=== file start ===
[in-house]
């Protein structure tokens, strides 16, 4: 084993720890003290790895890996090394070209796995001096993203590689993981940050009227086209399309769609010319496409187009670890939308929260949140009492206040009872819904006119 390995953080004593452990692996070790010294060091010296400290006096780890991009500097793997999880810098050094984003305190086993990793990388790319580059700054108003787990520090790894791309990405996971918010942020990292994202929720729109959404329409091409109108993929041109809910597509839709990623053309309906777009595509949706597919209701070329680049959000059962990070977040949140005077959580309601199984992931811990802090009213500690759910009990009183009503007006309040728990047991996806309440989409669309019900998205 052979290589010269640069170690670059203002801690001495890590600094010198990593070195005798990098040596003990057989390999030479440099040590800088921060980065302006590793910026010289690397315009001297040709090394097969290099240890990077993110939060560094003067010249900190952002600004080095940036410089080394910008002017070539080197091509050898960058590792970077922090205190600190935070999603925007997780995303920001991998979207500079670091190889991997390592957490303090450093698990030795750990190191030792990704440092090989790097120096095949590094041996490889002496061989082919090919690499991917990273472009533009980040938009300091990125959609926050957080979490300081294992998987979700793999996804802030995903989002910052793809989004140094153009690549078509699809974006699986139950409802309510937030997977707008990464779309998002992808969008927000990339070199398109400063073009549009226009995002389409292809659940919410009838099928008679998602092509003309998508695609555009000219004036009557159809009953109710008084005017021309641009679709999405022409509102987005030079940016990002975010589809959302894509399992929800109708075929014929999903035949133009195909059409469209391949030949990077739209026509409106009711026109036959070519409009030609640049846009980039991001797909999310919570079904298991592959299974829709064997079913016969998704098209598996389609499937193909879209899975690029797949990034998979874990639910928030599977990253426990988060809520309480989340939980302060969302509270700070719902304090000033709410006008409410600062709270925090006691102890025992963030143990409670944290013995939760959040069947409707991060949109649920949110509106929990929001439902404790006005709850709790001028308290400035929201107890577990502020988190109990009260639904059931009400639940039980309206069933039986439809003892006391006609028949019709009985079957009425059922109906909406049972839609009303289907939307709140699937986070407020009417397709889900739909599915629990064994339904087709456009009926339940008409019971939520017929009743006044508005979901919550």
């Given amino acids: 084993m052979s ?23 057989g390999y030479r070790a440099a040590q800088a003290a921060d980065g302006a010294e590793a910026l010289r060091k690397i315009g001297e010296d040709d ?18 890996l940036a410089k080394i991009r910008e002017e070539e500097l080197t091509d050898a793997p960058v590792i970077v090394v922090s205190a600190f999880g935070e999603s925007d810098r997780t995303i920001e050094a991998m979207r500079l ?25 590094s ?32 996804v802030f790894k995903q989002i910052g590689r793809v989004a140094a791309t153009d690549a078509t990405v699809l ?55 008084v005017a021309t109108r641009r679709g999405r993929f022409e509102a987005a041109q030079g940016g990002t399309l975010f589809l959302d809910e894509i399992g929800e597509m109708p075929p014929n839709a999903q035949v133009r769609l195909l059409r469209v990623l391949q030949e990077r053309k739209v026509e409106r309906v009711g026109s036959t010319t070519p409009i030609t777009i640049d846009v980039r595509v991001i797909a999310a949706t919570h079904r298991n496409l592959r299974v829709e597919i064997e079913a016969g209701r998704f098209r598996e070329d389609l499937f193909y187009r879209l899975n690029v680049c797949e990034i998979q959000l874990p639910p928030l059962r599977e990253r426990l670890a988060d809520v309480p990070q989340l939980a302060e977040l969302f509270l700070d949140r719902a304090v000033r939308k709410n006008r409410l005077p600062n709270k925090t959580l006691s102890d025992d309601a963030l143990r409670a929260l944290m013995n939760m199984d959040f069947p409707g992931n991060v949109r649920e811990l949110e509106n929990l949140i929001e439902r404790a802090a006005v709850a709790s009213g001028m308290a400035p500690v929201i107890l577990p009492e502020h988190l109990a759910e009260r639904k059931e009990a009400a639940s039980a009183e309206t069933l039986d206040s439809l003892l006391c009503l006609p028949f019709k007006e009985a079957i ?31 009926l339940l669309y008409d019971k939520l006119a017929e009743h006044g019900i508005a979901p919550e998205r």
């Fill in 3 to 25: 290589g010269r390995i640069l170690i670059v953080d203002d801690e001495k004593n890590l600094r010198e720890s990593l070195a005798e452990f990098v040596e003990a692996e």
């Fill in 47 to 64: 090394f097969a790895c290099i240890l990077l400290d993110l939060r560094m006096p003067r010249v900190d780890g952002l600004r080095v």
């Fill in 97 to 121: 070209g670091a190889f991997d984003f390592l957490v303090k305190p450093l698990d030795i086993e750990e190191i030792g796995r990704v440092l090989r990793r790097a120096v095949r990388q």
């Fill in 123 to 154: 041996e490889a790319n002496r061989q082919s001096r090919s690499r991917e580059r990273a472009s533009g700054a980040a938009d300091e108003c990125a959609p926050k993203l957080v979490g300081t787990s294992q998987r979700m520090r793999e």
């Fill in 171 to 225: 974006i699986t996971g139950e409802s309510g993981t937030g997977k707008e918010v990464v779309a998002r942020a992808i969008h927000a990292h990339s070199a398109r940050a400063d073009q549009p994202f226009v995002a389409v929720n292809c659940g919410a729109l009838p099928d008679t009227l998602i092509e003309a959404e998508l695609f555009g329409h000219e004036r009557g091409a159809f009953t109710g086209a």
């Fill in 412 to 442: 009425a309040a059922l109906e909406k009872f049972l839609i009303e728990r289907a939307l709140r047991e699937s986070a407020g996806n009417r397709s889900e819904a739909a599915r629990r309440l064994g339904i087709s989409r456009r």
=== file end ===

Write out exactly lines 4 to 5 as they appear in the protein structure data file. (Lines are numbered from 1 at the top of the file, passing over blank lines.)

């Fill in 3 to 25: 290589g010269r390995i640069l170690i670059v953080d203002d801690e001495k004593n890590l600094r010198e720890s990593l070195a005798e452990f990098v040596e003990a692996e």
């Fill in 47 to 64: 090394f097969a790895c290099i240890l990077l400290d993110l939060r560094m006096p003067r010249v900190d780890g952002l600004r080095v």